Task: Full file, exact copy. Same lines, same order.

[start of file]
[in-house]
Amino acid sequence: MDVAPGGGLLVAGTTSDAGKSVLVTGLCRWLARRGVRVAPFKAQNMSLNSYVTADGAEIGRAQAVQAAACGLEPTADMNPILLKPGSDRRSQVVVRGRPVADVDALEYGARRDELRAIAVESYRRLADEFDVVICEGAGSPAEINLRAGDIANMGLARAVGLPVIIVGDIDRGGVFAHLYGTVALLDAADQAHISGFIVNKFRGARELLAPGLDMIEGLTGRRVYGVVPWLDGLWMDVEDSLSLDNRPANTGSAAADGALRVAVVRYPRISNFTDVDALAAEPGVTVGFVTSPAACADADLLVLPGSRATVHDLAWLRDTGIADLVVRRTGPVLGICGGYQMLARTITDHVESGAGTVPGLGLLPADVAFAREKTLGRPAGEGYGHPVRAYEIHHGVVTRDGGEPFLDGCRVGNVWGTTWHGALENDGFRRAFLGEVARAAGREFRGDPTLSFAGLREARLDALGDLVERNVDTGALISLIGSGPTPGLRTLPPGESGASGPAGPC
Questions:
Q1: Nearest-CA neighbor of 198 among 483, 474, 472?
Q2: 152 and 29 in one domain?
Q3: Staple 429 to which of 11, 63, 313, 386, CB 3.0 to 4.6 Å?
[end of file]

[in-house]
Amino acid sequence: MDVAPGGGLLVAGTTSDAGKSVLVTGLCRWLARRGVRVAPFKAQNMSLNSYVTADGAEIGRAQAVQAAACGLEPTADMNPILLKPGSDRRSQVVVRGRPVADVDALEYGARRDELRAIAVESYRRLADEFDVVICEGAGSPAEINLRAGDIANMGLARAVGLPVIIVGDIDRGGVFAHLYGTVALLDAADQAHISGFIVNKFRGARELLAPGLDMIEGLTGRRVYGVVPWLDGLWMDVEDSLSLDNRPANTGSAAADGALRVAVVRYPRISNFTDVDALAAEPGVTVGFVTSPAACADADLLVLPGSRATVHDLAWLRDTGIADLVVRRTGPVLGICGGYQMLARTITDHVESGAGTVPGLGLLPADVAFAREKTLGRPAGEGYGHPVRAYEIHHGVVTRDGGEPFLDGCRVGNVWGTTWHGALENDGFRRAFLGEVARAAGREFRGDPTLSFAGLREARLDALGDLVERNVDTGALISLIGSGPTPGLRTLPPGESGASGPAGPC
Questions:
Q1: Nearest-CA neighbor of 198 among 483, 474, 472?
Q2: 152 and 29 in one domain?
Q3: Staple 429 to which of 11, 63, 313, 386, CB 3.0 to 4.6 Å?